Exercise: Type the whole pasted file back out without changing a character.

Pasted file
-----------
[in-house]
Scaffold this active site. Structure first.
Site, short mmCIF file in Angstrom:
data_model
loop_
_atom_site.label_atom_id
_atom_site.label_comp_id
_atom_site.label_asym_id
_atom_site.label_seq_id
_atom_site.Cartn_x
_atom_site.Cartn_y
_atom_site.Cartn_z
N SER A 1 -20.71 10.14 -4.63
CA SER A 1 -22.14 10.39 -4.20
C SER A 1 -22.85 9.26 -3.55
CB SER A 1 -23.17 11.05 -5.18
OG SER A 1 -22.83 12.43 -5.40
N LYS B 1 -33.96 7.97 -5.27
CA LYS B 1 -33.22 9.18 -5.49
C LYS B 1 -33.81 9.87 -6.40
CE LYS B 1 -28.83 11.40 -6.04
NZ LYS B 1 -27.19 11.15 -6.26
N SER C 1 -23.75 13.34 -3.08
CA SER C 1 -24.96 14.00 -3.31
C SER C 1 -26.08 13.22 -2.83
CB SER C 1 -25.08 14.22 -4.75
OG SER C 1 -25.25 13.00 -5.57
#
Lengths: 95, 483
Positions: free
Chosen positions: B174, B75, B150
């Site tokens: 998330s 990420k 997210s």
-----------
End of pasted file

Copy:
[in-house]
Scaffold this active site. Structure first.
Site, short mmCIF file in Angstrom:
data_model
loop_
_atom_site.label_atom_id
_atom_site.label_comp_id
_atom_site.label_asym_id
_atom_site.label_seq_id
_atom_site.Cartn_x
_atom_site.Cartn_y
_atom_site.Cartn_z
N SER A 1 -20.71 10.14 -4.63
CA SER A 1 -22.14 10.39 -4.20
C SER A 1 -22.85 9.26 -3.55
CB SER A 1 -23.17 11.05 -5.18
OG SER A 1 -22.83 12.43 -5.40
N LYS B 1 -33.96 7.97 -5.27
CA LYS B 1 -33.22 9.18 -5.49
C LYS B 1 -33.81 9.87 -6.40
CE LYS B 1 -28.83 11.40 -6.04
NZ LYS B 1 -27.19 11.15 -6.26
N SER C 1 -23.75 13.34 -3.08
CA SER C 1 -24.96 14.00 -3.31
C SER C 1 -26.08 13.22 -2.83
CB SER C 1 -25.08 14.22 -4.75
OG SER C 1 -25.25 13.00 -5.57
#
Lengths: 95, 483
Positions: free
Chosen positions: B174, B75, B150
């Site tokens: 998330s 990420k 997210s």